Date of Award

Fall 2005

Document Type

Dissertation - Restricted

Degree Name

Doctor of Philosophy (PhD)


Mathematics, Statistics and Computer Science

First Advisor

Tonellato, Peter

Second Advisor

Bansal, Naveen

Third Advisor

Clough, Anne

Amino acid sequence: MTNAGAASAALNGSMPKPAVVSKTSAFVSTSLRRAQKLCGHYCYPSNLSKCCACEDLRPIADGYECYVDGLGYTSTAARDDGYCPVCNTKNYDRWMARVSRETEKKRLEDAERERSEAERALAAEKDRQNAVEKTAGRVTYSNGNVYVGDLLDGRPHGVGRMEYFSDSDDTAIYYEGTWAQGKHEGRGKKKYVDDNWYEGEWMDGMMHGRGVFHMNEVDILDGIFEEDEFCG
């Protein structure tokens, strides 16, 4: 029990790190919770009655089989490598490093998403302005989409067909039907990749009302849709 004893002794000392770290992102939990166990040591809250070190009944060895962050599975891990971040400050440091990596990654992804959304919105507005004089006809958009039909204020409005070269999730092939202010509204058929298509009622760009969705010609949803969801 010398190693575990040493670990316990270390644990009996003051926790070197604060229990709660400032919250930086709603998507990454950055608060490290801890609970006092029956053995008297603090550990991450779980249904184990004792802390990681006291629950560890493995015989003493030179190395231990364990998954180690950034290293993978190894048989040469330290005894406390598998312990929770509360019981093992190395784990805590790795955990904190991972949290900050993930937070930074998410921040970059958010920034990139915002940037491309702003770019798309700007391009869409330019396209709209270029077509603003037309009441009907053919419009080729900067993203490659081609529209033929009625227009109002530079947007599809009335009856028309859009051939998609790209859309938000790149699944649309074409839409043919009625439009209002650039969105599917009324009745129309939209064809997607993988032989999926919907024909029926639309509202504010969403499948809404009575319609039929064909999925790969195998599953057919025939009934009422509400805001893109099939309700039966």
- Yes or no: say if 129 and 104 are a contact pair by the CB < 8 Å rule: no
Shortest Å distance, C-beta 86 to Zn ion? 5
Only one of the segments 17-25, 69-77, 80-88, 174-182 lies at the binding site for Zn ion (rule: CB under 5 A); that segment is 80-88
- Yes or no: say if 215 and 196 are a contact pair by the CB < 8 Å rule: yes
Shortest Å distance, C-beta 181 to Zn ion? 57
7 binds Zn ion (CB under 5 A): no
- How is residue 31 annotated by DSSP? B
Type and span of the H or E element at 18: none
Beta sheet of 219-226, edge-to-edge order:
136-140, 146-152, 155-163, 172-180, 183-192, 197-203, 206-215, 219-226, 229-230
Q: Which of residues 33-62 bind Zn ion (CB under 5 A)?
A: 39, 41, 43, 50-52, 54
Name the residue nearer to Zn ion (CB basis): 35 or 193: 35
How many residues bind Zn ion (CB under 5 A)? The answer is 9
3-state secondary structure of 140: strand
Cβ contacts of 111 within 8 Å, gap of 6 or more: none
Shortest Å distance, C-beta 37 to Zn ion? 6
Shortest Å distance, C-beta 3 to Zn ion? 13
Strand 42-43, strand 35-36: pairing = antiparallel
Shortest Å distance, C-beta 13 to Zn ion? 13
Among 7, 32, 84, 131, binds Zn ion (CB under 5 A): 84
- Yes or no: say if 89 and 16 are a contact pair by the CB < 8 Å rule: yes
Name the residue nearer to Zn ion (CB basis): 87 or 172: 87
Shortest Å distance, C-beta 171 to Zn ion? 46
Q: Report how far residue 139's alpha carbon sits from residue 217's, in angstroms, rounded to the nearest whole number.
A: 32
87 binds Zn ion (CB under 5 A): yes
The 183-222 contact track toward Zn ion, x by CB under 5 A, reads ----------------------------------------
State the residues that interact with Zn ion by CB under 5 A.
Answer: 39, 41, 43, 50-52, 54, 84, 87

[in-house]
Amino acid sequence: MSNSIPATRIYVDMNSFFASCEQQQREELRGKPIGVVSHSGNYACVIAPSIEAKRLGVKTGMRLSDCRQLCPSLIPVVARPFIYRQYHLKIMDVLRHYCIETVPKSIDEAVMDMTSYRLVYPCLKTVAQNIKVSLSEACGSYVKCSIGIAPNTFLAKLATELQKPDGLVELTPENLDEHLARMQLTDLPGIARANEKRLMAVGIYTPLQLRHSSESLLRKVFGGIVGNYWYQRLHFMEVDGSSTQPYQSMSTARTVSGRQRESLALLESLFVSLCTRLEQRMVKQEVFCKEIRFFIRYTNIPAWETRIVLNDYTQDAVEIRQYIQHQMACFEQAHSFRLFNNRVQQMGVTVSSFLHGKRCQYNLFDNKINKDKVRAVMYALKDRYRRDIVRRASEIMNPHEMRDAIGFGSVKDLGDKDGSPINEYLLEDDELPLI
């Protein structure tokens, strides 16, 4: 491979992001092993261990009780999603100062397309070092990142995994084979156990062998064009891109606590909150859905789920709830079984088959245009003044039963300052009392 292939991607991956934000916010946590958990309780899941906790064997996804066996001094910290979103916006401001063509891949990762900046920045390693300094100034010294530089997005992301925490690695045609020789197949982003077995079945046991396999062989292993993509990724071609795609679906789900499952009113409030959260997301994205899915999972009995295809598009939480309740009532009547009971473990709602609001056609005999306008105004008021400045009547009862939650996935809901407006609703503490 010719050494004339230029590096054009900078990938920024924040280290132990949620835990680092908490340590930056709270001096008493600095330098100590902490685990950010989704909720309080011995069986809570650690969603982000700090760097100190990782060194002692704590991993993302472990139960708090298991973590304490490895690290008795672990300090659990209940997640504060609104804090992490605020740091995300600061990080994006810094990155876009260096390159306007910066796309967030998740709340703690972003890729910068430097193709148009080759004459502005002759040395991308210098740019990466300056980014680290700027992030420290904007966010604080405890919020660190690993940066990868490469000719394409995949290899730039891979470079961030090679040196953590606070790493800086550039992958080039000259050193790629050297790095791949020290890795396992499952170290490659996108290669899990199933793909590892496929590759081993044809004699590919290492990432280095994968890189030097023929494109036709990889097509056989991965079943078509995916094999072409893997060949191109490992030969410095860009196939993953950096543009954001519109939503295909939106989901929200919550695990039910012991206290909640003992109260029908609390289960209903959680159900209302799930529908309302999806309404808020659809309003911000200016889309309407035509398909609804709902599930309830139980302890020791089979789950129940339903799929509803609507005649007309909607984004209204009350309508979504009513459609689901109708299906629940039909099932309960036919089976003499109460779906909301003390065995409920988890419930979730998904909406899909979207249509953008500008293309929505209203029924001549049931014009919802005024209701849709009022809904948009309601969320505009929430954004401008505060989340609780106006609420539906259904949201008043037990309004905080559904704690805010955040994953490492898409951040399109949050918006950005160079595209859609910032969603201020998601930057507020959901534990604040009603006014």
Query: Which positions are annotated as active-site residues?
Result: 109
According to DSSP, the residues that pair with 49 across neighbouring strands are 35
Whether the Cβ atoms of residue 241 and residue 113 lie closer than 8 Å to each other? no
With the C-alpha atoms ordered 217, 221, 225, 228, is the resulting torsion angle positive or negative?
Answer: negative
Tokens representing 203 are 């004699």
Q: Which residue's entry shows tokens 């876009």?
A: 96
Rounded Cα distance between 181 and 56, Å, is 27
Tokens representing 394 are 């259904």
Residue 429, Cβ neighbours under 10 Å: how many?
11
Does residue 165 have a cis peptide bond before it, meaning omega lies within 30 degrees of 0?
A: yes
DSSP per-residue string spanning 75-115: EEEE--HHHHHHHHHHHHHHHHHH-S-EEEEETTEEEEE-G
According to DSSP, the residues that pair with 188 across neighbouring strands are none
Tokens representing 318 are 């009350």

This thesis uses Markov chain decomposition techniques to extract informative traits from arterial pressure recordings of hypertensive rats and humans. The feedback mechanisms, such as baroreceptor and renin angiotensin system, acting on blood pressure are quantified by the Cheeger ratios of specific levels and patterns of blood pressure. Statistical properties of Cheeger ratios and related quantities are established in a central limit theorem. The results show the dependence of the error on the spectral gap, length of recordings and relative frequencies of the estimated sets. These quantities are shown to be statistically different between normal and hypertensive rats, and heritable for the human population. New lower and upper bounds for the convergence rate (spectral gap) of the chain are derived via decomposition techniques. Linkage analysis and multi-trait linkage are used to find QTL for the estimated Cheeger ratios. Principal components are used to reduce the number of tests and increase the linkage power. Conditions for maximizing the power are derived and applied for humans.



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